Radical species are an unavoidable consequence of respiration and the environment, and are tightly buffered by small molecule antioxidants and redo detoxifying enzymes. Oxidative stress emerges when an imbalance develops between the levels of reactive oxygen species and the cell's ability to readily eliminate the reactive intermediates or to repair the resulting damage. Aberrant oxidative signaling is perhaps one of the most important factors contributing to aging, neurodegeneration, heart disease, diabetes, and cancer. In order to induce a phenotypic change, oxidative stress must induce biochemical alterations to the genome, proteome and/or metabolome. Crystallographic analysis revealed that DJ-1 harbors a stabile sulfinic acid, and this oxidative modification is required for the suppression of mitochondrial oxidative stress. We have now shown that this sulfinic acid can react with nitrosothiols to form a thiosulfonate linkage, which can then be reduced by cellular thiols. Amazingly, sulfinates react with nitrosothiols faster than thiolates in standard physiological buffers. This provides a potential mechanism for DJ-1 function, which will be further explored with this award. We extended this approach to develop biotin-linked sulfinates for the direct detection and enrichment of endogenous nitrosylated proteins. In preliminary experiments, this method led to the identification of >1500 endogenous nitrosylated proteins, and establishes a robust new platform to functionally interrogate the dynamics of S-nitrosylation. In addition, we describe a new methodology for the selective enrichment of sulfinic acids based on orthogonal alkylation reagents, and propose to identify novel functional sulfinates in the proteome. Finally, we present a new class of ratiometric fluorescent probes for live-cell imaging and 19F-NMR of protein sulfenylation in vivo. Despite the central role of oxidative stress in human health, our ability to study the precise mechanisms of such modifications is hampered by a lack of selective chemical and analytical methods. In this proposal, we present a series of innovative chemical approaches to study oxidative damage across experimental scales, from live-cell imaging to in vivo imaging, in addition to proteome-wide annotation of oxidative post-translational modifications. Furthermore, we present a likely mechanism for the Parkinson's disease-linked redox chaperone DJ-1, and present new mechanism-based probes to functionally annotate and profile S-nitrosylation (R-SNO), S-sulfenylation (R-SOH), and S-sulfinylation (R-SO2H).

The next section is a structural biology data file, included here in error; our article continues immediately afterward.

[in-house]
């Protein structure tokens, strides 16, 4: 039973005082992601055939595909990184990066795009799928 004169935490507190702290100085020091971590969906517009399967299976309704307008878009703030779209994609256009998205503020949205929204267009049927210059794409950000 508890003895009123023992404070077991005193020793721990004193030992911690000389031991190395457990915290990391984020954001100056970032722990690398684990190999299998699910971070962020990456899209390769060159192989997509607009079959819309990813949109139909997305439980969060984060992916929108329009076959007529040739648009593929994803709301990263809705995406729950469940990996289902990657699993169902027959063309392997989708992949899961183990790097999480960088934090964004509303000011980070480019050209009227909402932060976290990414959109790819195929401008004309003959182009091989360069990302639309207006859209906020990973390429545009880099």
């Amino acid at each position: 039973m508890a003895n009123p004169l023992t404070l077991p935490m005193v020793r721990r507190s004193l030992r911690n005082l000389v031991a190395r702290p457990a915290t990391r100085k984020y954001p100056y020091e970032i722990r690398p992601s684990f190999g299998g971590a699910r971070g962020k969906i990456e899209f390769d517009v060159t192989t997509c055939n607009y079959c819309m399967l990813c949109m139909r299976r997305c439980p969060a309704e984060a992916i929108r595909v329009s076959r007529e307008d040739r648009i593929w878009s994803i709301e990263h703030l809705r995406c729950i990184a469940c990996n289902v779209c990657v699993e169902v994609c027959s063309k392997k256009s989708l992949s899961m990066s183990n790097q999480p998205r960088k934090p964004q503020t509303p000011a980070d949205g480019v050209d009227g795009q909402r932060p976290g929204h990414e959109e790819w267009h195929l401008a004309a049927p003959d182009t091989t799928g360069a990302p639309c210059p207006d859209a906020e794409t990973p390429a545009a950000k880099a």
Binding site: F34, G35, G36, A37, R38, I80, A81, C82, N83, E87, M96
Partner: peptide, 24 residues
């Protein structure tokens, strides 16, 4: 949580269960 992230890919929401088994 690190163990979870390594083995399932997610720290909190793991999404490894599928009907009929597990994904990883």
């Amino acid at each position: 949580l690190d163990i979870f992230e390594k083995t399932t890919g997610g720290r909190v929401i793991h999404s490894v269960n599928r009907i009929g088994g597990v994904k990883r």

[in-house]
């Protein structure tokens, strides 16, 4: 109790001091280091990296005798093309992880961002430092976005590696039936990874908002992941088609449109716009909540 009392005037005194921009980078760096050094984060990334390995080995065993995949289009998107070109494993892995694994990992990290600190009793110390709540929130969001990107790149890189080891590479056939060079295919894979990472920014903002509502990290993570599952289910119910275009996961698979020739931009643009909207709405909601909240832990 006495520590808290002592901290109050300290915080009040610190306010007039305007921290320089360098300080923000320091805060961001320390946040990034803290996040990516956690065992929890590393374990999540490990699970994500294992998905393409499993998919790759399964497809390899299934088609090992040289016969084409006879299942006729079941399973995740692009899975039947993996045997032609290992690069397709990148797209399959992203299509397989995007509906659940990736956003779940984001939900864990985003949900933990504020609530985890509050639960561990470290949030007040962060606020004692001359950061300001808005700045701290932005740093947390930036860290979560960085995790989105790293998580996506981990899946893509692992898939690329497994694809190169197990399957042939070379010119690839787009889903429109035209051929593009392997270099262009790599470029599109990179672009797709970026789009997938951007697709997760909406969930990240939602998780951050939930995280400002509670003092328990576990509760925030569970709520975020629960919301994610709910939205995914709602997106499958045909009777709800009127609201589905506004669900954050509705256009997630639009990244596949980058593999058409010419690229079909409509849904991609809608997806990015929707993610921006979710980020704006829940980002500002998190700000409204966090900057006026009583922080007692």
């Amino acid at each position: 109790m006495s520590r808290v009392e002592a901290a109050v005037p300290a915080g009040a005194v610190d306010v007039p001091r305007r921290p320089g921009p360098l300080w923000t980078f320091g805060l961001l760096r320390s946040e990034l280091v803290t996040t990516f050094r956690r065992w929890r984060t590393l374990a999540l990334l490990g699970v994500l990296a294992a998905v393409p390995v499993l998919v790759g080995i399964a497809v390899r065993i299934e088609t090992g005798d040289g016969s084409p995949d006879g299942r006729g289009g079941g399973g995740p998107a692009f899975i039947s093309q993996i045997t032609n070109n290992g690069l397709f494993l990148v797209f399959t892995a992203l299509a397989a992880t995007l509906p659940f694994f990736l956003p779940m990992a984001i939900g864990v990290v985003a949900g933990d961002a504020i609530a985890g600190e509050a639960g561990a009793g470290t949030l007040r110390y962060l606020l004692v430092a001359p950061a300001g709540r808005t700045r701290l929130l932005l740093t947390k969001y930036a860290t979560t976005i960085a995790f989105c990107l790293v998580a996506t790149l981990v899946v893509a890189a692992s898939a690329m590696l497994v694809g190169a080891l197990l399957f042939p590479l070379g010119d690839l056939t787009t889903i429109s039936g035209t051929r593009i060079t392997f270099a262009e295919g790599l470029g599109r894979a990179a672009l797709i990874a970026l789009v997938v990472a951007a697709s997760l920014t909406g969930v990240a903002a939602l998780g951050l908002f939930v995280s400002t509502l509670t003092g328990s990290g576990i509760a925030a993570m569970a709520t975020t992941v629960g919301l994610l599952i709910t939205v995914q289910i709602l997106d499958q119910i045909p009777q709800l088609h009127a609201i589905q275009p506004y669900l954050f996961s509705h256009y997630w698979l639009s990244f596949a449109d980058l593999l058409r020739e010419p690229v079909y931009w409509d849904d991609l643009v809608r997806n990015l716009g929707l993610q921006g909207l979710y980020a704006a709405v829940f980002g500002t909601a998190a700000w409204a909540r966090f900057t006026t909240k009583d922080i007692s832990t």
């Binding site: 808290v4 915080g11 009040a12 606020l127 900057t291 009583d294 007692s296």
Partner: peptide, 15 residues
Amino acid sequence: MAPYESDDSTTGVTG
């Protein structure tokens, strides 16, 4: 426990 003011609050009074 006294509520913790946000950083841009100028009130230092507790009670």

Public Health Relevance

This proposal introduces new methods for the analysis of oxidative cysteine post-translational modifications on proteins. This research aims to understand how these modifications are linked to neurodegenerative disease. The aims of this proposal describe the development and validation of new tools to study protein oxidation by fluorescence, magnetic resonance imaging, and mass spectrometry.

National Institute of Health (NIH)
NIH Director’s New Innovator Awards (DP2)
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Special Emphasis Panel (ZRG1)
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Anderson, Vernon
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University of Michigan Ann Arbor
Schools of Arts and Sciences
Ann Arbor
United States
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